My aunt stayed with my parents the night of the party. She was on her way to Florida and in town for a day or two so she slept in my parents’ spare room. My daughter and I went over to visit with her before she left since we don’t see her very often and she told me a story about how she obtained a bike the prior spring to peddle around town. She apparently found a bike that was in front of someone’s house, close to the curb, not chained to anything and in very good condition. It was a boys bike so it wasn’t ideal for her, but it was good enough to ride around town on. She jumped on the bike and rode off. She said obviously they were throwing it away if it was outside, unlocked and unattended. She also said she didn’t ride down that street all summer just in case the person wasn’t actually throwing away the bike that was somewhere between the house and the curb that night she walked by. She rode the bike all summer and when she was done she went and put it back by the house. In the end I guess she borrowed a bike for a few months without the owner’s consent or permission. She laughed when she told the story the same way she laughed about how the boys in the family got the Christmas tree.

Maybe the female apples stay close to the tree and the males roll as far away as they can. I don’t know, but I’m really grateful for that branch that shot my dad so far away from the tree that he didn’t even know he was an apple anymore.

*I wrote this story while listening to Pennywise

 

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One Track Heart

I love my father, but man is that Old Man stubborn. In his mind he is a young man and his body should be able to do what he wants it to do. But he is getting older and he really shouldn’t be doing a lot of the things he wants to keep doing by himself. He owns two homes and maintains two properties, cutting the grass every week at his house and at the lake house, bagging leaves at two houses in the fall, and caring for all of the other little things that come up. His motto is don’t pay someone else to do something you can do yourself. The problem is, he thinks he can do everything. A few weeks ago we took the boat out of the water and his brother helped, which was great. The problem is when you get these two brothers together, somehow the process of everything we are doing becomes twice as long. It’s like the two of them together creates a space time contingency where everything slows down.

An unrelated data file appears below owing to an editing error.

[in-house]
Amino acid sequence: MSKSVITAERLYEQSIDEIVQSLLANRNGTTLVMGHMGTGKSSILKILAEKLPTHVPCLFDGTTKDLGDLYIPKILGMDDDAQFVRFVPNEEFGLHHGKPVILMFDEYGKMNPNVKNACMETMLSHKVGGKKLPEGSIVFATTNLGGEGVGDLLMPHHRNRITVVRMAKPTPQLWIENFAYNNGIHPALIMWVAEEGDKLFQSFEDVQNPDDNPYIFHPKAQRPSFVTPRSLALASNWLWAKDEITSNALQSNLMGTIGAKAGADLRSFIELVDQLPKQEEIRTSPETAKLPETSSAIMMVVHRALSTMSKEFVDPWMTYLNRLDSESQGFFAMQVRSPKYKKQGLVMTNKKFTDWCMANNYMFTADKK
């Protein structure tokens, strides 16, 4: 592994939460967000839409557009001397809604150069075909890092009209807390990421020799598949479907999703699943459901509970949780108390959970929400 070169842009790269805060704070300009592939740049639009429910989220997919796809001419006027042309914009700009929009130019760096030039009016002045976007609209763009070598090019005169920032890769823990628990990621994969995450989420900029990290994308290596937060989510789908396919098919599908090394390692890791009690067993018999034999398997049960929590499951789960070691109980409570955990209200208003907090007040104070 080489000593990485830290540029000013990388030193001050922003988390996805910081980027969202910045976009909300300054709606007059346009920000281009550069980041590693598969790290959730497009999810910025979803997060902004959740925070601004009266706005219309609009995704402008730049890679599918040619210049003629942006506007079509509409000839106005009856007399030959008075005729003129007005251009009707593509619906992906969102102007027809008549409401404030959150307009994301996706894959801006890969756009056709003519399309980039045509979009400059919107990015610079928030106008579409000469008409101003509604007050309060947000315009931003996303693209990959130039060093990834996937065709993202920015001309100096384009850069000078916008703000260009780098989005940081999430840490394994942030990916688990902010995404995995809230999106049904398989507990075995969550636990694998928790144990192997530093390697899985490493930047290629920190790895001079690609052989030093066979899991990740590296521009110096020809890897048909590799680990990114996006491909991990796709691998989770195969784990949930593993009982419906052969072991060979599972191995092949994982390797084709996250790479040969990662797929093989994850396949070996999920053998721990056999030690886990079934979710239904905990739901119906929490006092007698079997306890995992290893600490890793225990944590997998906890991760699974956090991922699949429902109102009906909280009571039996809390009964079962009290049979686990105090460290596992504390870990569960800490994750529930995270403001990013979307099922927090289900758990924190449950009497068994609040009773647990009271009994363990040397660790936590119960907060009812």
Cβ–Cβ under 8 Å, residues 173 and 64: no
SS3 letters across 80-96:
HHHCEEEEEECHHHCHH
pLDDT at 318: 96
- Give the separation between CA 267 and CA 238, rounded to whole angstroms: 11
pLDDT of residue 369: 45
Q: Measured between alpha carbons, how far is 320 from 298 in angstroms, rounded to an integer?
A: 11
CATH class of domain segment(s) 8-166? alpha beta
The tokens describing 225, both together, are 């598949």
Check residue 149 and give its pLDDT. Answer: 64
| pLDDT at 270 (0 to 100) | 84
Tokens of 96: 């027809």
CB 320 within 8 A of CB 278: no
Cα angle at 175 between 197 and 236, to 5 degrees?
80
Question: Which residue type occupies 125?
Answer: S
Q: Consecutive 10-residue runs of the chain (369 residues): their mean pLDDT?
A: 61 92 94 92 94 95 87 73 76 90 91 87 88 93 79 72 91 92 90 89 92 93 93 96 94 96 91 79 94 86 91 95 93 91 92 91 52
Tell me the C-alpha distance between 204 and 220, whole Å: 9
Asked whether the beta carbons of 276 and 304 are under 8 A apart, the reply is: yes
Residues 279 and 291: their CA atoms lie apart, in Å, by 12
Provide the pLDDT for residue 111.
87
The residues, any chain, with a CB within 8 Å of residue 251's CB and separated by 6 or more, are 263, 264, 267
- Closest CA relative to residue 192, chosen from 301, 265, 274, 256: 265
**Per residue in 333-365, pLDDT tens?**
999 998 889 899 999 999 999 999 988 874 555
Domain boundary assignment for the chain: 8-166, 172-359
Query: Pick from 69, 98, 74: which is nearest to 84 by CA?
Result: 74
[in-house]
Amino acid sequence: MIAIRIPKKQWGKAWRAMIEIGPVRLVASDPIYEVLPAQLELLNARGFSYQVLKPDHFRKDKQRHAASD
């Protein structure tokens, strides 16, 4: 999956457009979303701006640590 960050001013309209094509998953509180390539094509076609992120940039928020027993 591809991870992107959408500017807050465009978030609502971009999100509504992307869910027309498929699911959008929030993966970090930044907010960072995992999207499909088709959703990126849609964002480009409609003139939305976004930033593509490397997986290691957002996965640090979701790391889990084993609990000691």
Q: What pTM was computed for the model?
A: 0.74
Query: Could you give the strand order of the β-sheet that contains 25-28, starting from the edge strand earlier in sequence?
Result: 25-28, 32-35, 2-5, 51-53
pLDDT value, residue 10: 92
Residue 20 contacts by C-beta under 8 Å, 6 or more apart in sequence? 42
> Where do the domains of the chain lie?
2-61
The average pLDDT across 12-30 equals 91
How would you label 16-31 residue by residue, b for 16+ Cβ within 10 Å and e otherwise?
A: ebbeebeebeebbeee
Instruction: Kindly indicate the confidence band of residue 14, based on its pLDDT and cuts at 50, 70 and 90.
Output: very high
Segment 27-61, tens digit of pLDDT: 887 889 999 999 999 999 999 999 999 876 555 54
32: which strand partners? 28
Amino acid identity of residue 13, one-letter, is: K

We would normally have taken the dock apart and gotten the boat lift out of the water on the same day, but my mother-in-law was in town and we didn’t want to keep her waiting. Ironically, as soon as my husband and I walked into the house our daughter was mad that we returned so early because she wanted to play with Grandma alone. The weather was warm and it was a great day to be outside, so they spent the day playing in the yard.

The following weekend was not so nice. It was cold and windy, so naturally that was the best time to get the dock out of the water. My dad has three sets of waders just for this job. Two pair are more rubber and less fitted and one is like a scuba suit. I immediately grabbed the scuba suit and headed for the water. I’m no fool. My husband and dad were left with the rubber pants. I had worn these same rubber pants in the spring when we put the dock in the water, so I knew they were great for keeping you dry, but not very good at keeping you warm. Since my husband had only ever worn the scuba suit, he walked out barefoot in his bathing suit only to find the rubber booted waders waiting for him. Instead of putting his jeans and shoes back on, he threw the waders on and headed for the water where my dad was already trying to dismantle the dock by himself since he’s clearly a young, strong man who needs no help. 

We spent the next three hours hauling the dock and boat lift out of the water, where anything that could have gone wrong did. My husband was freezing and forming blisters on his feet, my scuba suit feet were flopping around in the water in front of me as I walked because the suit was made for someone at least a foot taller than me, and my dad was bleeding on his forearms after having the dock scrape him. At some point we also disrupted a bee hive between the rocks on the beach so we were being attacked by angry bees as we carried the dock out of the water. My mom was running around trying to bandage up my dad, kill the bees before we walked in with another piece of dock, and make sure that my dad was not over exerting himself. At one point she was even trying to help us pull the boat lift out of the water with the lawn mower, but she was nervous about giving it too much gas and knocking one of us down or pulling the lift into the wave runner lifts which were also lying on the beach. Putting a nervous older woman behind the wheel of anything is never a great idea. It’s an even worse idea when you have three idiots in rubber pants standing behind her yelling.